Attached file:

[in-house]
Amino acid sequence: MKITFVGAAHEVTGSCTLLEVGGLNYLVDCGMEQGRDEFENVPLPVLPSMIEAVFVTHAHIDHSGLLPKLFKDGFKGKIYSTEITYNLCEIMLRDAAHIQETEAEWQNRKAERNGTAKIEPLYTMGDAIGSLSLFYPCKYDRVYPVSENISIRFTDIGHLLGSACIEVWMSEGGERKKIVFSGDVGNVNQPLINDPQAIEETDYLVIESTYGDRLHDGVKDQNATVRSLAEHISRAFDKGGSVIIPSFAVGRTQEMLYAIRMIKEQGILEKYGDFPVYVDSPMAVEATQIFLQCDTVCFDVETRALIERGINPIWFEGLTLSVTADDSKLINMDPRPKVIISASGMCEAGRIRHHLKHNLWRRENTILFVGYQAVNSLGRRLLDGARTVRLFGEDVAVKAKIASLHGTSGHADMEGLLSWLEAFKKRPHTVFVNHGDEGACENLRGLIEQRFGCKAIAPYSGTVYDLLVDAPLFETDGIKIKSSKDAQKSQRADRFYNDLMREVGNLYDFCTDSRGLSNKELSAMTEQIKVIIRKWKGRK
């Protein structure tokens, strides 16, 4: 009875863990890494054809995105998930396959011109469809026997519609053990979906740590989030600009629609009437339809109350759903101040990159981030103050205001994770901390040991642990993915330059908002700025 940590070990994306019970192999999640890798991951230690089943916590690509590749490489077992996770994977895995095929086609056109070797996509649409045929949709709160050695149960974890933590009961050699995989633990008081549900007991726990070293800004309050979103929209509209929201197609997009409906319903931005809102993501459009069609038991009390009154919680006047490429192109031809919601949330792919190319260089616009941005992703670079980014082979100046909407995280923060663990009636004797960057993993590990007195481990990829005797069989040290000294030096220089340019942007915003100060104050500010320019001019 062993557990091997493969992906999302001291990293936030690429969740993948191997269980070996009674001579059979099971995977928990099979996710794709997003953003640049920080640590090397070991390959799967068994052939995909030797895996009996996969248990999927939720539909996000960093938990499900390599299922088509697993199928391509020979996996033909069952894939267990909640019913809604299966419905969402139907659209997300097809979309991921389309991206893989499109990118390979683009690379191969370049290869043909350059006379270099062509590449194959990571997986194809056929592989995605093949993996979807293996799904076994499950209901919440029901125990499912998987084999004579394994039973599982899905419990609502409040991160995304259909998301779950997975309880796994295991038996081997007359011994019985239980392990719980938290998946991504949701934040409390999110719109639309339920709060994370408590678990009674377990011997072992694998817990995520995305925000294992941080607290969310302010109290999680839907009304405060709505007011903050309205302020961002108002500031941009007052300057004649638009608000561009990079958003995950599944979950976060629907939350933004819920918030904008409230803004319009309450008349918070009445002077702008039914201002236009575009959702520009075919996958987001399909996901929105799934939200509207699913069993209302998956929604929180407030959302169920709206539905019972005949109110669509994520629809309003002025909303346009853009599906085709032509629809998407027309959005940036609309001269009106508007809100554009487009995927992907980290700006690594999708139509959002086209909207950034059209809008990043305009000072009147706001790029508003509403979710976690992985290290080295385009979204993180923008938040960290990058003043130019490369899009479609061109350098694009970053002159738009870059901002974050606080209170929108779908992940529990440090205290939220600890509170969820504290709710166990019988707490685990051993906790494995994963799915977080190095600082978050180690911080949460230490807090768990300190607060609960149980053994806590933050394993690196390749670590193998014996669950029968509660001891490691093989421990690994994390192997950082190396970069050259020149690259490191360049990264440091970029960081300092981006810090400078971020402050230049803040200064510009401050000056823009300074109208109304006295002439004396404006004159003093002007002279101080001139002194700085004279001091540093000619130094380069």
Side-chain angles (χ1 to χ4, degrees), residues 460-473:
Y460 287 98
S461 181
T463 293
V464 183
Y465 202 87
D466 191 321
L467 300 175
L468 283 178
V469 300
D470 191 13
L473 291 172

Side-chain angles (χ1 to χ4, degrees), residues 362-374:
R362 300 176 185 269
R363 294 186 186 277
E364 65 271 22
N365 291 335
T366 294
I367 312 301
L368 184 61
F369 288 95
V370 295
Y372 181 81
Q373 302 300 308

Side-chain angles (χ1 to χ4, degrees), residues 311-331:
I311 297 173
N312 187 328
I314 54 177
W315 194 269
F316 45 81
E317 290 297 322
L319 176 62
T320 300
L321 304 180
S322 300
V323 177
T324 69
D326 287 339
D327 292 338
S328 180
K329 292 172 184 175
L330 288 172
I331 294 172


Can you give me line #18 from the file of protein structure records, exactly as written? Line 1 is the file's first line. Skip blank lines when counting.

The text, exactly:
R363 294 186 186 277